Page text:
Also, according to this same article, after World War II, blacks were encouraged to leave Oregon, with the mayor of Portland commenting in a news article that black people were not welcomed here.
And then fast forward to 1967. Race riots exploded in the heart of the African American community. In response, the Portland police bureau was joined by the FBI and the national guard to deal with crowds.
What does any of this, you might be asking, have to do with the police in the United States, the Portland Police Bureau, or Chief Danielle Outlaw?
There is no arguing that law enforcement agencies are responsible for upholding the law and maintaining public order. All though one might be inclined to separate the many civil rights movements from policing, we know that law enforcement will continue to play an integral role, as it has been in many instances one’s initial introduction to the criminal justice system.
We cannot effectively address crime reduction and prevention, community engagement and inclusion, or organizational excellence through an equity and inclusion lens if we ignore our history.
Seeking to understand our history is not divisive, nor is it an act of race baiting, nor is it meant to be accusatory. It serves as a starting point for transformation and positive progression. How can we begin the healing process without first acknowledging what was, during many of our lifetimes?
The history of the Civil Rights movement in this country, and most specifically, in this city, have a direct impact on how we effectively serve the Portland community. We’d be naïve to think otherwise.
And as we all know, when we know better, we what?
We do better.
Movements such as Black Lives Matter and #SayHerName didn’t arise out of nowhere. Along the same vein, however, neither did the hashtags Blue Lives Matter or All Lives Matter. If we are to be effective, we must first seek to listen and understand the perspectives of those who differ from ourselves.
Much of the policing practices of the eras that I just mentioned are not only dated, but have largely contributed to the distrust and tension that exist between minority communities and the police today.
Twenty-first century policing requires strategic solutions to complex dynamic, and ever-changing problems. Our communities not only expect us to address crime, but they want us to solve larger systemic issues. In Portland, for example, these systemic issues are related to those who are houseless, or have mental health or addiction issues.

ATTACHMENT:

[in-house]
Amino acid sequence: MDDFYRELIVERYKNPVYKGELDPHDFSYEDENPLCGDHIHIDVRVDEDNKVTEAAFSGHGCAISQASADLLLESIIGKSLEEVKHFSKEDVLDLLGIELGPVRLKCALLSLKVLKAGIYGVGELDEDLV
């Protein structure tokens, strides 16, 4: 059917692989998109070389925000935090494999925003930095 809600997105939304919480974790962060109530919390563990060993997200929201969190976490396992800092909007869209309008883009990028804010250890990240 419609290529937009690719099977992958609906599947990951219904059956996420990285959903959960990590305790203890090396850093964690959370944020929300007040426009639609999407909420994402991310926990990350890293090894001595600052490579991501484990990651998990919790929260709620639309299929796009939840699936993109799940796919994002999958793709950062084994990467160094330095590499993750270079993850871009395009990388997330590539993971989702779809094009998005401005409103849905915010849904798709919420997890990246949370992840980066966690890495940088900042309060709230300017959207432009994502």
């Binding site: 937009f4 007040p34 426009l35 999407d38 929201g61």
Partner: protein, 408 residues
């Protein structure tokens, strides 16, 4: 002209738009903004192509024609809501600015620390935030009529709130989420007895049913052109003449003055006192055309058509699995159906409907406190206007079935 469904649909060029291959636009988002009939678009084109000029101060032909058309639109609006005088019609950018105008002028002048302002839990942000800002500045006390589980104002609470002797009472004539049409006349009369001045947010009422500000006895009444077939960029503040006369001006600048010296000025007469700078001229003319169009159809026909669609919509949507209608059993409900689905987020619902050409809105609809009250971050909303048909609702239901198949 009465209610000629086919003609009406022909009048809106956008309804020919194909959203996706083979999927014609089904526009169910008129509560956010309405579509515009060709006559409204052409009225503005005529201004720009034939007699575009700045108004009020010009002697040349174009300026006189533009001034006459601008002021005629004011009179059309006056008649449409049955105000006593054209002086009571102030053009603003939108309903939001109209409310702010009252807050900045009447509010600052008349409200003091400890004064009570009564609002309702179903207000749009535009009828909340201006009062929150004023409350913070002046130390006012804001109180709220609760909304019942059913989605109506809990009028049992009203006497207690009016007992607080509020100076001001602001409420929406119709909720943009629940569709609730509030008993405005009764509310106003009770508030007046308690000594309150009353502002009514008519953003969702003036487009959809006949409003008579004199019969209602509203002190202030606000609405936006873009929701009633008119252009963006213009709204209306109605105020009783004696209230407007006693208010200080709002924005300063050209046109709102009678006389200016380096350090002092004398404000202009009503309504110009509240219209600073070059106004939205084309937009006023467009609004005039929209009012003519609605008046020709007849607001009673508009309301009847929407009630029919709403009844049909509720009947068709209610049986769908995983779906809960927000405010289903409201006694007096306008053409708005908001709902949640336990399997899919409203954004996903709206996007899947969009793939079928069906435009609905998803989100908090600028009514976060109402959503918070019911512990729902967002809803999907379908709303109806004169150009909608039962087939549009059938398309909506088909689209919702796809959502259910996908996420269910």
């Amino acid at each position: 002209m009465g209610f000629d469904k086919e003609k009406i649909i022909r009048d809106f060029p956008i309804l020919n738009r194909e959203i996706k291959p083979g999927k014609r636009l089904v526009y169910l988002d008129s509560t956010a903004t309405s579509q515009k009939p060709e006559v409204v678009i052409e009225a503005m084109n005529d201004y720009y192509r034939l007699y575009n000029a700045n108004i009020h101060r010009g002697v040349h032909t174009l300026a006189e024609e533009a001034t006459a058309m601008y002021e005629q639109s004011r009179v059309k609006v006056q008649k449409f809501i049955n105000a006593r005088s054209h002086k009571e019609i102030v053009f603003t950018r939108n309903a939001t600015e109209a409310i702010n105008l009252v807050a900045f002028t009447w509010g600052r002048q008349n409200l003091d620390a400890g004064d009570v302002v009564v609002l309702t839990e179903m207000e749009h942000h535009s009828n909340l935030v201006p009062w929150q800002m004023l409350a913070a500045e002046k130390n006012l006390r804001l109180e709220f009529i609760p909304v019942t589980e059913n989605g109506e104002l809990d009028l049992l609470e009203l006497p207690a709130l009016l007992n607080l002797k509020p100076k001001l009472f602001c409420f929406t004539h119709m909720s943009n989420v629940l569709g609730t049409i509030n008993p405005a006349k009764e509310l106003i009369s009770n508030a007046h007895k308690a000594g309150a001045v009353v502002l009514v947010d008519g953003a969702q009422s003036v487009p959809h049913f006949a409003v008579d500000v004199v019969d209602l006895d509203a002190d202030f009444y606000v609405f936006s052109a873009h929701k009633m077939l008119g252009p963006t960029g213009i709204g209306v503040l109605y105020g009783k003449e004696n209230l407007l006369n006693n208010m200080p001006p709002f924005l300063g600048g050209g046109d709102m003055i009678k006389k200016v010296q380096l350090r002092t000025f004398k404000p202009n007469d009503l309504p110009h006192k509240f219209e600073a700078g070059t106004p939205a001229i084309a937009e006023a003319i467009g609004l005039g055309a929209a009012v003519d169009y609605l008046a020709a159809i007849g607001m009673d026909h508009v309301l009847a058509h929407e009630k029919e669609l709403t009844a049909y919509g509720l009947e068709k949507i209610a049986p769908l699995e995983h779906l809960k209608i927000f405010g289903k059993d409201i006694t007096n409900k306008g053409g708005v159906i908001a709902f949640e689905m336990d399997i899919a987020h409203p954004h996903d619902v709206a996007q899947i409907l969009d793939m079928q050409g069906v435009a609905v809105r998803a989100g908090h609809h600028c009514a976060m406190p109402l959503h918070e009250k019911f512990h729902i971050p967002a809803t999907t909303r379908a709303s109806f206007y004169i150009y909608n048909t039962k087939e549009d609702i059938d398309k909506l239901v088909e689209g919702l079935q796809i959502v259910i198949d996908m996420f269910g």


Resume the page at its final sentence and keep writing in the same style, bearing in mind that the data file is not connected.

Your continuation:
Policing today requires law enforcement agencies all over the world to strengthen trust and collaboration amongst the communities we serve, while also continuing to reduce crime. As your new chief of police, you will see me implementing several strategies that promote positive interactions between police and our communities in order to build trust and legitimacy.
We will continue to utilize technology and social media to reduce crime and enhance public trust and I will ensure that solid oversight exist to safeguard accountability and transparency. Additional training at all levels to include the prioritization of de-escalation is crucial to ensure that every Portland Police Bureau employee is performing at their optimal level.
Lastly, an intentional focus on officer safety and wellness is paramount to achieving our goals. True community policing is a philosophy that will be interwoven into the fabric of the Portland Police Bureau. It is not a thing, nor is it a box to be checked.
Upon reflecting on the title of this exhibit, “Racing to Change: Oregon’s Civil Rights Years,” I asked myself: Is this really a race? I think the answer is no. As does erosion, trust building takes time. This is a marathon and not a sprint.
Although I have only been here for a short period of time, I say with confidence that the Portland Police Bureau is moving in a positive direction. Steps have been taken to strengthen the bureau’s organizational infrastructure, new relationships have been formed, data is being used to inform decision making and deployment strategies, mass demonstrations have taken place and concluded with little to no incidents, and work has begun to strengthen the training received by all PPB employees.
As I prepare to close, I challenge us to move beyond our fears of the unknown, and to embrace the commonalities that we all share.
During my short time, here I’ve been asked how I felt about being of a shorter stature.
And quite frankly given that the average height in my family is about 5’2” with the shortest being about 4’11”, I’ve always thought I was tall.